The research work described here represents a contribution to the EU project e_GASGRID. In cooperation with the department of System Analysis, Prognosis and Control, software producing companies, business consultants, equipment suppliers, and network operating companies of the European gas industry, we examine the future demand with respect to tools for data exchange and simulation in a liberalized European gas market which is growing together, and we develop respective concepts.
The gas network operating companies are already applying diverse simulation and optimization software. However, tools for an international coordination, e.g., as planning tools for independent gas selling companies operating on an international scale, or for large-scale deviations necessary after heavy accidents, are almost unavailable yet.
A central problem is that the usual description of gas flow by partial differential equations (1D Navier-Stokes) contains far too many unknowns to be applied as a basis for optimization problems on an all-European scale. The objective is therefore the elimination of pressures and flows along one individual pipeline and their exclusive consideration at those points which are important for planning, i.e., at nodes with gas inlets or outlets, or at nodes where pipelines are divided or where there are active elements, such as compressors.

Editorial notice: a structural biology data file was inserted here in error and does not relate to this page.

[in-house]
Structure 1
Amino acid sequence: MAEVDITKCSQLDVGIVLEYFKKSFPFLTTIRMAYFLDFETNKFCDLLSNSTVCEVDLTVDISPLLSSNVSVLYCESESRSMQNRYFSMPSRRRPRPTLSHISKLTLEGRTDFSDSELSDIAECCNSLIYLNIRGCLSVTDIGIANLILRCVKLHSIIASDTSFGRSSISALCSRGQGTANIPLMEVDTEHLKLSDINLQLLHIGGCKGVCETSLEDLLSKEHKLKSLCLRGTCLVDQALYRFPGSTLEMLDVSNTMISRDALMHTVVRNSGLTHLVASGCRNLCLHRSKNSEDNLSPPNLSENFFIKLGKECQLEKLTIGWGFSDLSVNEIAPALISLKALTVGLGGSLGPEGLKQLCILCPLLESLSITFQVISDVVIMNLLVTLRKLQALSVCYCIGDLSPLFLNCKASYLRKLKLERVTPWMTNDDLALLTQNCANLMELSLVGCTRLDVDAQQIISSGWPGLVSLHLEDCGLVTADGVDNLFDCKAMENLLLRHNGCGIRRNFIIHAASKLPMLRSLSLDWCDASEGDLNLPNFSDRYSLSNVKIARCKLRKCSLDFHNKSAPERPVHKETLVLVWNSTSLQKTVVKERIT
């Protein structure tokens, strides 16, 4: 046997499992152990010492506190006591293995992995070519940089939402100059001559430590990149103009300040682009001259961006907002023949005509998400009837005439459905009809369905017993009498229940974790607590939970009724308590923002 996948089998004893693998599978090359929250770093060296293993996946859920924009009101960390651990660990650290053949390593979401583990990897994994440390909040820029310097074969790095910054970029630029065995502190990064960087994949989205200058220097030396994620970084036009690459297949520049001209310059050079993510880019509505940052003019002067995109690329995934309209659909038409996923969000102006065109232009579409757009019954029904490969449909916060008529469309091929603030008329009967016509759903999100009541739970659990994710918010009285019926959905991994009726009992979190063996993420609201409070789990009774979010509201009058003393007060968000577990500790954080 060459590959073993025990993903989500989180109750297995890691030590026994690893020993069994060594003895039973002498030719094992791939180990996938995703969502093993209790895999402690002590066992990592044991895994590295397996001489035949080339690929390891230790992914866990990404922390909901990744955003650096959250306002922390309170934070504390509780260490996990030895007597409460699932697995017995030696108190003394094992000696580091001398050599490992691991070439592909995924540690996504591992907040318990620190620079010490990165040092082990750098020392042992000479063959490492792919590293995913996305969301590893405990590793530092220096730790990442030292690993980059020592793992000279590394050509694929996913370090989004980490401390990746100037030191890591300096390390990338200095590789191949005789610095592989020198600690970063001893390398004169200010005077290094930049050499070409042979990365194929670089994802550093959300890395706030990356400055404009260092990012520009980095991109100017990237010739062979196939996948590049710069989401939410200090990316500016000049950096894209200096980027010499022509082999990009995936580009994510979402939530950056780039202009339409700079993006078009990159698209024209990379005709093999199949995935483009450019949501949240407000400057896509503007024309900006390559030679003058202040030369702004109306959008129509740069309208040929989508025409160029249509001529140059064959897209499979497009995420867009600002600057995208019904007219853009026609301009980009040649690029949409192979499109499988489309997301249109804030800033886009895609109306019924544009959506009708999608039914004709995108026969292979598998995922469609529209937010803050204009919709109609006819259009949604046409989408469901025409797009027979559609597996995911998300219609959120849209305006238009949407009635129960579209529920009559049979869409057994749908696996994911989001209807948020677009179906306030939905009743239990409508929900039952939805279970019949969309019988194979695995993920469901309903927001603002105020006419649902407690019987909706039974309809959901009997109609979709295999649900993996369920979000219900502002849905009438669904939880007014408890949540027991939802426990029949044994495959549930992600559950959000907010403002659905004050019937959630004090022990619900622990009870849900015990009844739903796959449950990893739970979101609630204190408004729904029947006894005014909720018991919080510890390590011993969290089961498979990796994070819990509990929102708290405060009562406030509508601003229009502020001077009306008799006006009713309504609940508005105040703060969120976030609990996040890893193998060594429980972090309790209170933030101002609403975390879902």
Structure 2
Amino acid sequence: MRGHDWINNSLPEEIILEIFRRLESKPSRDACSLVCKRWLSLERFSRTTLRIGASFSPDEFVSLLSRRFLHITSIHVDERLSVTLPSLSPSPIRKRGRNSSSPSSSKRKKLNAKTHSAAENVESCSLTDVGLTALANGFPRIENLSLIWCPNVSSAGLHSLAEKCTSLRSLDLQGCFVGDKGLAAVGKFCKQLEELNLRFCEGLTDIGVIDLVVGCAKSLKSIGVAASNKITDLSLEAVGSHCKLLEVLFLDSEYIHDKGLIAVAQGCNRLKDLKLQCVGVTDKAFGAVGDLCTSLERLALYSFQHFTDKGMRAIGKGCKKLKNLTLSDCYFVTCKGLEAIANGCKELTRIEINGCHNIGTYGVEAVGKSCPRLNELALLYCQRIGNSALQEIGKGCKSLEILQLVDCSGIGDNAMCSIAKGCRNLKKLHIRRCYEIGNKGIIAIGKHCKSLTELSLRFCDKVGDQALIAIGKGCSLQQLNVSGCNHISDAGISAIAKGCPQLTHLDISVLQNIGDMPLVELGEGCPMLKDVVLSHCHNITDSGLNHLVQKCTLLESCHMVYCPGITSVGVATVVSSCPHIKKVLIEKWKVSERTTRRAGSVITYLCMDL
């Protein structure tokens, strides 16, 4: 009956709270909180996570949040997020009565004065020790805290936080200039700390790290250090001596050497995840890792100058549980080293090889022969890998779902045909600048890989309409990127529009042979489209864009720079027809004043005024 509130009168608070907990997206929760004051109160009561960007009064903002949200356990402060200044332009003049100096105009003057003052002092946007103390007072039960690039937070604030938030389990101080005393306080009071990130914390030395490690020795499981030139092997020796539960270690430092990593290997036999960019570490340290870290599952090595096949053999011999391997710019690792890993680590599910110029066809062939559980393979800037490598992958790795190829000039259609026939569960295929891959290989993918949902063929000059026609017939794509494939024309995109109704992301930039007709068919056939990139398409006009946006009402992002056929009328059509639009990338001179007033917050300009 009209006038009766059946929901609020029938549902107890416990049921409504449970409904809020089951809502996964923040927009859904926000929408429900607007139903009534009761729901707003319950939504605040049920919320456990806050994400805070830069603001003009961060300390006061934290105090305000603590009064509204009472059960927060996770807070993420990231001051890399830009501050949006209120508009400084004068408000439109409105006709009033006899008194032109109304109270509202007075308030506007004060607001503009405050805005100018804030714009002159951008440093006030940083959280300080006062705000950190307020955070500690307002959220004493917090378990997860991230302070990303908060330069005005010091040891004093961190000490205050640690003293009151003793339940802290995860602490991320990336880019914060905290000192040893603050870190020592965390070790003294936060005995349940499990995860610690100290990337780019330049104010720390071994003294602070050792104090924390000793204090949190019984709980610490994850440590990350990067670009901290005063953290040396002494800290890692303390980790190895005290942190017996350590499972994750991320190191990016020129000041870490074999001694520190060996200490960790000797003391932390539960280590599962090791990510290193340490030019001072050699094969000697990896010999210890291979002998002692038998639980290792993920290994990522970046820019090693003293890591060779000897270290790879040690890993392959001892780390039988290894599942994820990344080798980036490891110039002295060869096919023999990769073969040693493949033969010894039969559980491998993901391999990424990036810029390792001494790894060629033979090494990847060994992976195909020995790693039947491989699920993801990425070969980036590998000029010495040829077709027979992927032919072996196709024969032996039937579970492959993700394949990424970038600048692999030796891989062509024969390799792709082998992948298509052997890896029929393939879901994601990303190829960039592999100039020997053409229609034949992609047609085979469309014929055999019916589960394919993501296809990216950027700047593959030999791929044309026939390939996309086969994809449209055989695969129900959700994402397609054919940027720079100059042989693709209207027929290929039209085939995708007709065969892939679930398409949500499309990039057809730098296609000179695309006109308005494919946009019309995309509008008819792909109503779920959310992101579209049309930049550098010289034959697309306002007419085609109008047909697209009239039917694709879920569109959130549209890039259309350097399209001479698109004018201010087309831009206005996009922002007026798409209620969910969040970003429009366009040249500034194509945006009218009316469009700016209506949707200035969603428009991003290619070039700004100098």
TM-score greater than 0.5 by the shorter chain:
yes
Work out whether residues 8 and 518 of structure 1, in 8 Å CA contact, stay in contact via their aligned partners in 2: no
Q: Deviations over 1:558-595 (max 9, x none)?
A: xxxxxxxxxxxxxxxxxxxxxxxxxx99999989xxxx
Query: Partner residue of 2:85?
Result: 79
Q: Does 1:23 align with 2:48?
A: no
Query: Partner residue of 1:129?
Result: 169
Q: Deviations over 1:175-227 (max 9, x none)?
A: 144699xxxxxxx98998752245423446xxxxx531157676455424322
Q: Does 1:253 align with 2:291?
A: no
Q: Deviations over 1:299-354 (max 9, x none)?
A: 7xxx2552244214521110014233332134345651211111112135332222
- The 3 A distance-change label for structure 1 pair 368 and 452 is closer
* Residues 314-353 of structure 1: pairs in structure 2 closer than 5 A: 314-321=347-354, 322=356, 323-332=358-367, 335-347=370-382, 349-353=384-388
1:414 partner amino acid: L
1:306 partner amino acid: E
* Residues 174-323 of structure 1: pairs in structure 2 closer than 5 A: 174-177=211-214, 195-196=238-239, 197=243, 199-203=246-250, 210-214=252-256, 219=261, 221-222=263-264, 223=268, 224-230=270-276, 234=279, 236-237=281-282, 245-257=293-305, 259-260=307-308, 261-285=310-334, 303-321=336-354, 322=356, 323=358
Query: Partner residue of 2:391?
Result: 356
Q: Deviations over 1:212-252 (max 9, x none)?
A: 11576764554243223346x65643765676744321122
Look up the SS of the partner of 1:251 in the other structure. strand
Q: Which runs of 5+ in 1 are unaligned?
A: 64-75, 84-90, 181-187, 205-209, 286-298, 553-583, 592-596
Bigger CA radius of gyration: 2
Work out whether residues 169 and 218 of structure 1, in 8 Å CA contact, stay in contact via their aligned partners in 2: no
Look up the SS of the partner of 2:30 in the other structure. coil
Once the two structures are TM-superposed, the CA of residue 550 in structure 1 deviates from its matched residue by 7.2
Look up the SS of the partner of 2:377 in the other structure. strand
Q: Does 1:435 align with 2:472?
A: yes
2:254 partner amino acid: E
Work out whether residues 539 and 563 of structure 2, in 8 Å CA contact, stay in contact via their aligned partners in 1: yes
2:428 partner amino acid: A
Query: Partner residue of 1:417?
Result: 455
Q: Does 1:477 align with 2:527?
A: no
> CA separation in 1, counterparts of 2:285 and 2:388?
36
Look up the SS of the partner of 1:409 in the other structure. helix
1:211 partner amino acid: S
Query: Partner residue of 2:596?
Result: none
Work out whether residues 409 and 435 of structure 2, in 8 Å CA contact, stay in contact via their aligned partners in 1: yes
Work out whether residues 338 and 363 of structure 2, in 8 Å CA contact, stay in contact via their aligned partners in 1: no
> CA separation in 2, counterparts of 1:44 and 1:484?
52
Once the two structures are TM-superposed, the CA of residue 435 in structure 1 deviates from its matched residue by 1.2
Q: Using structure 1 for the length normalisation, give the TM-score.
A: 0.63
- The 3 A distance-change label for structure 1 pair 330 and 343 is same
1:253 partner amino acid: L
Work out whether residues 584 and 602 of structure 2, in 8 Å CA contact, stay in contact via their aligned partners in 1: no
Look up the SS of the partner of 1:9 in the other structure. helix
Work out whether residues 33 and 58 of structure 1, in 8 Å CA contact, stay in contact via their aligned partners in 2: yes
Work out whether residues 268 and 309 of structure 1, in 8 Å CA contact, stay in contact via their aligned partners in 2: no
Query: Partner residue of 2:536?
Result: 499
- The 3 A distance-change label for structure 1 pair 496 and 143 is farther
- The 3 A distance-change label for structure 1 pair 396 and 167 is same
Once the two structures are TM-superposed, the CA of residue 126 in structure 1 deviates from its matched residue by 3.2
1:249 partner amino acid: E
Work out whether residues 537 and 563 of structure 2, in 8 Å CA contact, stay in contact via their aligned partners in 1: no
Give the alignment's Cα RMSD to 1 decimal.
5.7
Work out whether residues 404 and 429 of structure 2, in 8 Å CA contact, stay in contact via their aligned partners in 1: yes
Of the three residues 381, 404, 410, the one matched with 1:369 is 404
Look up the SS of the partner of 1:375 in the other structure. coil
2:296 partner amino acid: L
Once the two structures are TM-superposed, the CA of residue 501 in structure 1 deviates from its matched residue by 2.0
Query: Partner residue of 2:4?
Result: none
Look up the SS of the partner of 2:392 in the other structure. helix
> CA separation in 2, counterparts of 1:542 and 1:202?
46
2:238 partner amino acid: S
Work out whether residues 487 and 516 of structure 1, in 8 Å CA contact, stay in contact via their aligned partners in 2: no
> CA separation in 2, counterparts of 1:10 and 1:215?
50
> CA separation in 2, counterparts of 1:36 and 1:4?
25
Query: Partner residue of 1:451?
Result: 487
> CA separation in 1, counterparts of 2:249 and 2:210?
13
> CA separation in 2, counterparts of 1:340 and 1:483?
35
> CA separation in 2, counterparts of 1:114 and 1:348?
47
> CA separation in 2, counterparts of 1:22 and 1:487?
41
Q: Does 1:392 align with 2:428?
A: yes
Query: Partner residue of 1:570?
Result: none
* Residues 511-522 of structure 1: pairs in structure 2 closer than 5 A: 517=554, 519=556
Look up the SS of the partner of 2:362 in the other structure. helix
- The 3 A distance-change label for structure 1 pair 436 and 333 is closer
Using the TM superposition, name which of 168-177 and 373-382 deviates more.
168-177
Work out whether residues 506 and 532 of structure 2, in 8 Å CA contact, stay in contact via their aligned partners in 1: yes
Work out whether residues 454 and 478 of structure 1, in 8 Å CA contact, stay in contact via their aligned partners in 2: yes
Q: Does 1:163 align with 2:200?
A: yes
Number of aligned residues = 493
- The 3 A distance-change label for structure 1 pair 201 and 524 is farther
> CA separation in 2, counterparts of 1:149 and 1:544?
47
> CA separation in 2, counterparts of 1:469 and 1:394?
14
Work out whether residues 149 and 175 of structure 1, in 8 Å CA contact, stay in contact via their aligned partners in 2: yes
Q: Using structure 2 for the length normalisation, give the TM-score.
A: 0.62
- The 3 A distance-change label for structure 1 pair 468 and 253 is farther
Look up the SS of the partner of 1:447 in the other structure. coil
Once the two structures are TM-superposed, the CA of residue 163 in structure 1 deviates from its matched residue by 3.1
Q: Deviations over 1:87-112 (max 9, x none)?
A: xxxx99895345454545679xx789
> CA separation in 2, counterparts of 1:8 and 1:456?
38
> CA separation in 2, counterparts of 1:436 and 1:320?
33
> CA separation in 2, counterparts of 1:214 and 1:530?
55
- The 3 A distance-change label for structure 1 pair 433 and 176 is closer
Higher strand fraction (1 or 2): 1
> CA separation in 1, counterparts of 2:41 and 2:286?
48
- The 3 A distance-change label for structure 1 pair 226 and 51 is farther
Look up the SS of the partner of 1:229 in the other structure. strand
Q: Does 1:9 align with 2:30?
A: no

For a long time now, an analytical relation has already been known between the mass flow through an individual pipeline and the pressures at the inlet and outlet for the stationary case, on the condition of acceptable simplifications (inertia can be neglected compared to friction, isothermal, constant compressibility).
Transient Description necessary
However, especially in the case of balancing problems or for the computation of preparation times in the case of a crisis, a transient description is absolutely necessary. An analytical solution does not exist, and node-based system theoretical models have up to now only been based on relatively naïve approaches with respect to average pressures and flows.
Now, a new model has been established based on an asymptotic development of the pressure gradient for slowly varying boundary pressures, which is not only more exact for the same node distribution, but also defines under which conditions the exactness suffers, and how it can be restored by additional internodes.